• Due to an increased understanding of the pathogenesis of AD, several targeted therapies are being developed.21 Monoclonal antibodies are among them, as they can provide reduced toxicity and improved efficacy compared to oral systemic agents that may have unintended effects and end organ toxicity.8
  • A number of small molecule targets and monoclonal antibodies which target Th2 cytokines such as IL-4, IL-5, IL-13 and IL-31, or their receptors, are in development.8
  • Dupilumab, a human monoclonal antibody against the receptor for IL-4 and IL-13 is the first agent to have demonstrated safety and efficacy in phase 3 trials.21,22
  • Dupilumab is furthest along in development and poised to be the first commercially available biologic for AD.
  • Tralokinumab and lebrikizumab, which target IL-13, mepolizumab which targets IL-5, and nemolizumab which targets the IL-31 receptor, are also in earlier stages of development.7

Next Steps

  • When your patient presents with ongoing difficulties managing AD, it is important to review their current treatment regimen and rule out other diagnoses, such as contact dermatitis.23
  • Encourage regular and generous use of emollients.
  • Discuss adherence to the application of topical medications; TCS and TCI should be applied twice daily when there is an acute flare, and when controlled, applied on a schedule of 2-3 times weekly for maintenance, to prolong the flare-free period.15,16
  • During flares, consider wet wrap therapy to improve the efficacy of the applied topical agents, TCS and TCI, and reduce scratching.18
  • If available and convenient, consider phototherapy for widespread acute or chronic disease.19
  • For patients experiencing frequent skin infections, consider dilute bleach baths with intranasal mupirocin to reduce Staphylococcal colonization and infection.17
  • Assess the patient for sleep loss, pruritus, and the impact on QoL and consider screening for depression, anxiety and suicidality.13
  • If the disease cannot be controlled by these measures, the patient should be managed with systemic medication such as cyclosporine, azathioprine or methotrexate.3,21
  • For physicians not familiar with prescribing immunosuppressive medications, a referral to a dermatologist should be made for the systemic management of AD.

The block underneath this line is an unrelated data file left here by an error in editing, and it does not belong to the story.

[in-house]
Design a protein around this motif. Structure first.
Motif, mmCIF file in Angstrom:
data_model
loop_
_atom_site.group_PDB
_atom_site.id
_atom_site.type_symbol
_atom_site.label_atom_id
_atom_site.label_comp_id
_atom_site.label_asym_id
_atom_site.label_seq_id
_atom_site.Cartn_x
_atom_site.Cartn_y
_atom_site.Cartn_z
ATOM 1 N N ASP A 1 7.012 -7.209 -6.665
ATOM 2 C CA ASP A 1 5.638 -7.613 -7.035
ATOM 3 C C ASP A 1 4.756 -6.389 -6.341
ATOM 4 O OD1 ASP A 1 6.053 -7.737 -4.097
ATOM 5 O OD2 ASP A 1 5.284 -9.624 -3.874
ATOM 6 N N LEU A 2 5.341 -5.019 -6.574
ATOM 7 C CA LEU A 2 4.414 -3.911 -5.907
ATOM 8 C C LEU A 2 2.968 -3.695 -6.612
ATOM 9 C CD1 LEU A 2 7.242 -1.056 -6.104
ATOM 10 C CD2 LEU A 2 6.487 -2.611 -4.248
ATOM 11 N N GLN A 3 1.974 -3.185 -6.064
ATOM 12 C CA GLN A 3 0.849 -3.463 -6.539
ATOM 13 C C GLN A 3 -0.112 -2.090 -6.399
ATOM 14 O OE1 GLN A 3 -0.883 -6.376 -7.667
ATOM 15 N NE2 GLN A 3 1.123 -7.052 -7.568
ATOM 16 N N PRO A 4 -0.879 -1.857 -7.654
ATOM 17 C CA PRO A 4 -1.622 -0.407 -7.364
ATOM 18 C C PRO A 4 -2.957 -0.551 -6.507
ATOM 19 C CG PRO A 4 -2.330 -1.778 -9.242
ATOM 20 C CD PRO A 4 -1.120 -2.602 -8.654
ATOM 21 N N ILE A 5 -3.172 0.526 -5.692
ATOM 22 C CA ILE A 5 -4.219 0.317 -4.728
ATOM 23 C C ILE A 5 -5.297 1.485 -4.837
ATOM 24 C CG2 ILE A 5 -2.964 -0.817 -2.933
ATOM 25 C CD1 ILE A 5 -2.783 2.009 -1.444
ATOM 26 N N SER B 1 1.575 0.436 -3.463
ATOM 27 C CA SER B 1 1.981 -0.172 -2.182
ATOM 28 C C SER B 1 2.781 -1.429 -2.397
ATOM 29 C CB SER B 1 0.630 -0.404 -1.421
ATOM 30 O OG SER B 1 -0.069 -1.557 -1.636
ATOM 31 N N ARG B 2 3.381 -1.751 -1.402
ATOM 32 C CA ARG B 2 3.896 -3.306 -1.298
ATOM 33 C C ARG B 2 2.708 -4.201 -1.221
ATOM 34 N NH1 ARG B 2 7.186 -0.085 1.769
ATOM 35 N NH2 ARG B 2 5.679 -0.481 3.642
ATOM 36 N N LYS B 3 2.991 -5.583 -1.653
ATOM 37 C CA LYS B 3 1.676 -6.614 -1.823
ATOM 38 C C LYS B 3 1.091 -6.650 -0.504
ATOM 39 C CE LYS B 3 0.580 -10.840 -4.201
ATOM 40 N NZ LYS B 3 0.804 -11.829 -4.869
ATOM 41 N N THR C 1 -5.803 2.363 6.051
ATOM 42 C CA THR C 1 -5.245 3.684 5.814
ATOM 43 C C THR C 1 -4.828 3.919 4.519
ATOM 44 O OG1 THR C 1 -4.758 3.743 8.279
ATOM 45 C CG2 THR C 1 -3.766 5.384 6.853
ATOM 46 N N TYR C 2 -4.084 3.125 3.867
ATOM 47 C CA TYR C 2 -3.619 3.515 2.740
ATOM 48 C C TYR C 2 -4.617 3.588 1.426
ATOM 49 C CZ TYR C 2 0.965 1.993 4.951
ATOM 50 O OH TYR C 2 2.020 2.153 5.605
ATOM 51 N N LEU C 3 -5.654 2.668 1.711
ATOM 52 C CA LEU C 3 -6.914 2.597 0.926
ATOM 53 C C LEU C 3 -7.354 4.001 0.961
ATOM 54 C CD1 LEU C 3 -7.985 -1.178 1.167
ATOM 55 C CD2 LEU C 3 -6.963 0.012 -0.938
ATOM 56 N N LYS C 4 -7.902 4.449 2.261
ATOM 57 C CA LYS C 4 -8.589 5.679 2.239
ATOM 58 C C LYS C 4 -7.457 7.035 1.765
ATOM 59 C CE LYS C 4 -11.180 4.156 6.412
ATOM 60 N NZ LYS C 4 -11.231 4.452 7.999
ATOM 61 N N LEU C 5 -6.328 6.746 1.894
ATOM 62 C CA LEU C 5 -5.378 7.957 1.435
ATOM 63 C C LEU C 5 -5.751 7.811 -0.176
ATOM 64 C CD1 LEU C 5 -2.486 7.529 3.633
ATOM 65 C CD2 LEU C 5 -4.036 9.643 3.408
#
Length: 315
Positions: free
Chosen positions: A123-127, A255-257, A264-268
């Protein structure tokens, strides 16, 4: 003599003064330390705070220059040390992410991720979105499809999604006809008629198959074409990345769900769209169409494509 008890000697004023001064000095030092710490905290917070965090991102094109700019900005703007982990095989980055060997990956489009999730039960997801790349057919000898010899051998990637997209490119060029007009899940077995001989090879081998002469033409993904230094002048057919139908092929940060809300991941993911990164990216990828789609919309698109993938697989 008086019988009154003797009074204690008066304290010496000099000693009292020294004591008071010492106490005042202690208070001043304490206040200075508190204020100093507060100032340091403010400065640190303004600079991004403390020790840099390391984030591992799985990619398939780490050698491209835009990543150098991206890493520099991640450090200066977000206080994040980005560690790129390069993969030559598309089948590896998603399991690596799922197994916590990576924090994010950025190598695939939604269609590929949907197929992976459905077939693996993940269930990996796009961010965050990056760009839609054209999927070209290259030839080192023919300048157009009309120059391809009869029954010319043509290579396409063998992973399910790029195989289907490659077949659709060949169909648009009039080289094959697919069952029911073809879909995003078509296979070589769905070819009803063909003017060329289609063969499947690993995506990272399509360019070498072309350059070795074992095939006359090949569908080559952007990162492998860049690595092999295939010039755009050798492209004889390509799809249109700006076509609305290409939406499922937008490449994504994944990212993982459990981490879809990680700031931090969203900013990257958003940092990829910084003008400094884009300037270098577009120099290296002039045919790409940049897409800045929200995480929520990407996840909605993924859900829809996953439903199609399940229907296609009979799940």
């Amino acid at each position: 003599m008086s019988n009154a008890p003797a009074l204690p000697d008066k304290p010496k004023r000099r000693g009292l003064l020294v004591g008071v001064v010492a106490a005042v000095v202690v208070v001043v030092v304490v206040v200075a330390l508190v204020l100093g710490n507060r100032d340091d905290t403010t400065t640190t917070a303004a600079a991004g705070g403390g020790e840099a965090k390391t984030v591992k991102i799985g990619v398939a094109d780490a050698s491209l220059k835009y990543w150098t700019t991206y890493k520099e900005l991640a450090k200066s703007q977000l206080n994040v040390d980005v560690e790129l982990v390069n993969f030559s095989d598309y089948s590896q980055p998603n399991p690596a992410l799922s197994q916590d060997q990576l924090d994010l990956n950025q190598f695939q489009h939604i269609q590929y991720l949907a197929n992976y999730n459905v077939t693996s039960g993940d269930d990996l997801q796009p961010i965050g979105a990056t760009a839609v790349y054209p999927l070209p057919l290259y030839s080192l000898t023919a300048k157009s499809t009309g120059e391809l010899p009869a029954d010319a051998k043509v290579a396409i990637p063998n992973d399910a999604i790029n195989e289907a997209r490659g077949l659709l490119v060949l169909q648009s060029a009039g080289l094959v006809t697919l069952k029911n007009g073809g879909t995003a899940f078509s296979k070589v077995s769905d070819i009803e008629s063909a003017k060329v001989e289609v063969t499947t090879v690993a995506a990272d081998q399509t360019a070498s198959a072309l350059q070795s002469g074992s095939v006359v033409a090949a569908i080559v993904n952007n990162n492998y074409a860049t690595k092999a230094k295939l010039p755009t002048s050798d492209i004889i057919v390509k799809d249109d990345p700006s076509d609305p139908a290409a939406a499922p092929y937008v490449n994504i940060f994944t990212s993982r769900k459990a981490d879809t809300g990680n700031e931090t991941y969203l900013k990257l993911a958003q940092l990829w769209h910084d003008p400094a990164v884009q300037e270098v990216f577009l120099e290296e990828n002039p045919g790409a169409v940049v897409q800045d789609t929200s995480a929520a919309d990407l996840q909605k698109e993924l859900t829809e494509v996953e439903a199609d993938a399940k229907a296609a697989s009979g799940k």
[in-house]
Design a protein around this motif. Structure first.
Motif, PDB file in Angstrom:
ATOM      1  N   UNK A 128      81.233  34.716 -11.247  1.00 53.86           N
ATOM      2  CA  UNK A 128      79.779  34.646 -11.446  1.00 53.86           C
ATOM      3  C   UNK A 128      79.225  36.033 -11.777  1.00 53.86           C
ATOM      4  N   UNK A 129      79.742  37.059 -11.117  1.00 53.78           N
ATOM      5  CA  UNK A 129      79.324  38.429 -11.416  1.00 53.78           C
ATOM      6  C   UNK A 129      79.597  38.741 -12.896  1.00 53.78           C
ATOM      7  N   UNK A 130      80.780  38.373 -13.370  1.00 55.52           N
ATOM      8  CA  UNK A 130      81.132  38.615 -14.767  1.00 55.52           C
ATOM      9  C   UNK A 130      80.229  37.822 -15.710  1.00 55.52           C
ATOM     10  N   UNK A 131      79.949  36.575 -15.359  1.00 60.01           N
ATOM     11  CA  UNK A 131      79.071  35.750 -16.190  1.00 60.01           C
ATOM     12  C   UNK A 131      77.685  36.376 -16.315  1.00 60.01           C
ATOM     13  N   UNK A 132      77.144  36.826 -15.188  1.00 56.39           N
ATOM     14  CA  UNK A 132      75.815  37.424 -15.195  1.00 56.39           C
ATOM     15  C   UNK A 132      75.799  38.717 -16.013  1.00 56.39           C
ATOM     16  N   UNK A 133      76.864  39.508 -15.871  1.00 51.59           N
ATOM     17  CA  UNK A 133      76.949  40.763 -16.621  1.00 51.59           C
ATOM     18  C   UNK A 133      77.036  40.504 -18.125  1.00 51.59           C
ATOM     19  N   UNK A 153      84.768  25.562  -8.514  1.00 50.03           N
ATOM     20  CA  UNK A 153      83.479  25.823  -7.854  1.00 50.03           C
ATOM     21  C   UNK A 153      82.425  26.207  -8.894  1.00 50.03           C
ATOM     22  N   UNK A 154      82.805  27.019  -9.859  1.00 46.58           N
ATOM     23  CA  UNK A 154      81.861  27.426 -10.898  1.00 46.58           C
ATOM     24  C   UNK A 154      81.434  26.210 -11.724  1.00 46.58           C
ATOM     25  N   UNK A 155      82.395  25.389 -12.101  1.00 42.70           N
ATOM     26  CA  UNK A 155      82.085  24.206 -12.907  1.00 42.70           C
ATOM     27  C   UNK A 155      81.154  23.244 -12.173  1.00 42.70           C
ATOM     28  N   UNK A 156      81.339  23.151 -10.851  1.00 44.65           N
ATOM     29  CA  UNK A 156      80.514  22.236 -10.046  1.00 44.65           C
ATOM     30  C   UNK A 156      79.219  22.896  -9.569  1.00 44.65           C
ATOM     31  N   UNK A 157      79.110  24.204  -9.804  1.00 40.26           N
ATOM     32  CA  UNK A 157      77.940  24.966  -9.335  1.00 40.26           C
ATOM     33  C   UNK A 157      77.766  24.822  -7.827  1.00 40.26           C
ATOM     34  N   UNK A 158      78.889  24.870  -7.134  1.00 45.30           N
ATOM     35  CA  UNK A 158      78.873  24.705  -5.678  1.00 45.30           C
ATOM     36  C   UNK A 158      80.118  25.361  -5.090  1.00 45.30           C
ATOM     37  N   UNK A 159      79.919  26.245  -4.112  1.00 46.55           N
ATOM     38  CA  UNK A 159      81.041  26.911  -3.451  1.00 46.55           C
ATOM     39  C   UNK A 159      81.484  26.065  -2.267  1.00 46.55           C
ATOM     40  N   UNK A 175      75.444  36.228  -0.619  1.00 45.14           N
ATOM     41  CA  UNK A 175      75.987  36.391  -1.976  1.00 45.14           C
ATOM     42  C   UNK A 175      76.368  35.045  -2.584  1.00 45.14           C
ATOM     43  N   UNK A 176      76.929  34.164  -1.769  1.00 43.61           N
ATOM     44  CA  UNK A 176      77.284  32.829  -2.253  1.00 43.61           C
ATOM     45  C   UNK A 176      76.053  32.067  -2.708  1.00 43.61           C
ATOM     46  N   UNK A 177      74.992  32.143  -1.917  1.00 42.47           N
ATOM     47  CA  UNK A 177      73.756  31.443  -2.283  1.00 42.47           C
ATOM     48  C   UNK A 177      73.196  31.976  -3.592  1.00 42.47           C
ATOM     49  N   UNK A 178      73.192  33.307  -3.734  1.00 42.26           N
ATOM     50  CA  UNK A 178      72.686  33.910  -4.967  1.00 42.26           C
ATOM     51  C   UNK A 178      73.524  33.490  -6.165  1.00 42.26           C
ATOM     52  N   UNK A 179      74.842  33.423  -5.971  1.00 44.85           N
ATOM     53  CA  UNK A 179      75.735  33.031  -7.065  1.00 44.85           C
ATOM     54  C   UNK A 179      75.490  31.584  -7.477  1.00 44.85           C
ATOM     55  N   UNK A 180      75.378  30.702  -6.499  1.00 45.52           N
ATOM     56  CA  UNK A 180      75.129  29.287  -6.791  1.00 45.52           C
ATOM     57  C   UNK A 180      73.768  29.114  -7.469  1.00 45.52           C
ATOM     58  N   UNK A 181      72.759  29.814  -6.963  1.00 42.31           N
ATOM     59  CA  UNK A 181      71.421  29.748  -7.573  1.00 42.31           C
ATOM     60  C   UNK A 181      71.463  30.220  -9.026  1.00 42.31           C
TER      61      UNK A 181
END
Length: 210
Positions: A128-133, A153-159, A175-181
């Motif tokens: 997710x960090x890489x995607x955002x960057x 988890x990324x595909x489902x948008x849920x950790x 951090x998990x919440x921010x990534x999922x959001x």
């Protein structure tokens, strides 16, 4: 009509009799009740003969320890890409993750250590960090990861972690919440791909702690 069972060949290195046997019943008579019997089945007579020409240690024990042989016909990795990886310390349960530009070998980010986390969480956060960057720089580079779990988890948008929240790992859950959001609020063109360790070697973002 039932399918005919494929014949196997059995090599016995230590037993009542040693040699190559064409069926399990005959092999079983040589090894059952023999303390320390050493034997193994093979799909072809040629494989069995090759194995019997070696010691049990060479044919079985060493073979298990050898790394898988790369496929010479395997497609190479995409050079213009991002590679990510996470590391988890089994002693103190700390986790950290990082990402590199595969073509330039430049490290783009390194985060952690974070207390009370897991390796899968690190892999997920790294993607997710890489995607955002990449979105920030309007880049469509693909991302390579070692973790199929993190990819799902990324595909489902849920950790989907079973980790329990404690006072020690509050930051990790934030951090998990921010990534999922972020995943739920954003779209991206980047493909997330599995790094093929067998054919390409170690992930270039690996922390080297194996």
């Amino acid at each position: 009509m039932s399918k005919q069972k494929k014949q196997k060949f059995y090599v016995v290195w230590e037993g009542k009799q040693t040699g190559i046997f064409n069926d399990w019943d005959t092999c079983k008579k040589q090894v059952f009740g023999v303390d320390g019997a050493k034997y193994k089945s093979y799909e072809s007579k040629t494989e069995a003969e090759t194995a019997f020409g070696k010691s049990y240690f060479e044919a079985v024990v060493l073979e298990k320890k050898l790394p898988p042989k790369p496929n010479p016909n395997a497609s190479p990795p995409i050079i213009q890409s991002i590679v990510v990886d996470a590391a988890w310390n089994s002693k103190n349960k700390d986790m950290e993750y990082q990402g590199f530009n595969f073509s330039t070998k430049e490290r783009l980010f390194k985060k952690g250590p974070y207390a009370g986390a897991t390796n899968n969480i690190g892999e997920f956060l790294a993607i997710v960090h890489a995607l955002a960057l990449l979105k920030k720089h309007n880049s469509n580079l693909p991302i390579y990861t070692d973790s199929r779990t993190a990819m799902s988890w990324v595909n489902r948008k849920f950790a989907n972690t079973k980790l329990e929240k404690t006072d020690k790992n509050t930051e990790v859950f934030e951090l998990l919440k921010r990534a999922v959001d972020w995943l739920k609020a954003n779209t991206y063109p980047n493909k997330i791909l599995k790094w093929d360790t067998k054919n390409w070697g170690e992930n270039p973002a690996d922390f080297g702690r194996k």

Conclusion

HD can have a significant burden on the patient with an impact on QoL. Early diagnosis of acute or chronic HD is important for optimal management. Other conditions such as tinea manuum and psoriasis need to be ruled out and managed appropriately. Once a diagnosis of HD is confirmed, treatment depends on the severity of the disease. A treatment algorithm has been developed to assist the general practitioner to make a diagnosis and either refer or treat accordingly. Whichever treatment option is prescribed, all patients should be educated on emollient therapy, hand protection and avoidance of irritants or allergens, which may be contributing to their disease.

References

  1. Silverberg JI, Hanifin JM. J Allergy Clin Immunol. 2013 Nov;132(5):1132-8.
  2. Lundberg L, Johannesson M, Silverdahl M, et al. Acta Derm Venerol. 2000 Nov;80(6):430-4.
  3. Roekevisch E, Spuls PI, Kuester D, et al. J Allergy Clin Immunol. 2014 Feb;133(2):429-38.
  4. Williams H, Robertson C, Stewart A, et al. J Allergy Clin Immunol. 1999 Jan;103(1):125-38.
  5. Bieber T, Straeter B. Allergy. 2015 Jan;70(1):6-11.
  6. Saeki H, Nakahara T, Tanaka A, et al. J Dermatol. 2016 Oct;43(10):1117-45.
  7. Gandhi NA, Bennett BL, Graham NMH, et al. Nat Rev Drug Discov. 2016 Jan;15(1):35-50.
  8. Harskamp C, Armstrong A. Semin Cutan Med Surg. 2013 Sep;32(3):132-9.
  9. Zeppa L, Bellini V, Lisi P. Dermatitis. 2011;22(1):40-6.
  10. Langenbruch A, Radtke M, Franzke N, et al. J Eur Acad Dermatol Venereol. 2014 Jun;28(6):719-26.
  11. Radtke MA, Schäfer I, Glaeske G, et al. J Eur Acad Dermatol Venereol. 2017 Jan;31(1):151-7.
  12. Simpson EL, Bieber T, Eckert L, et al. J Am Acad Dermatol. 2016 Mar;74(3):491-8.
  13. Nicholas MN, Gooderham MJ. Atopic Dermatitis, depression, and Suicidality. J of Cutaneous Med Surg. 2017 Jan 9:1203475416685078.
  14. Whiteley J, Emir B, Seitzman R, et al. Curr Med Res Opin. 2016 Jun;32(10):1645-51.
  15. Eichenfield LF, Tom WL, Berger TG, et al. J Am Acad Dermatol. 2014;71(6):116-32.
  16. Lynde C, Barber K, Claveau J, et al. J Cutan Med Surg. 2005;8(suppl 5):1-9.
  17. Ryan C, Shaw RE, Cockerell CJ, et al. Pediatr Dermatol. 2013;30(3):308-15.
  18. Devillers ACA, Oranje AP. Br J Dermatol. 2006;154(4):579-85.
  19. Sidbury R, Davis DM, Cohen DE, et al. J Am Acad Dermatol. 2014;71(6):327-49.
  20. Evers AW, Lu Y, Duller P, et al. Br J Dermatol. 2005 Jun;152(6):1275-81.
  21. Gooderham M, Lynde CW, Papp K, et al. J Cutan Med Surg. 2016;21(1):31-9.
  22. Simpson EL, Bieber T, Guttman-Yassky E, et al. N Engl J Med. 2016; 375(24):2335-48.
  23. Eichenfield LF, Tom WL, Chamlin SL, et al. J Am Acad Dermatol. 2014;70:338-51.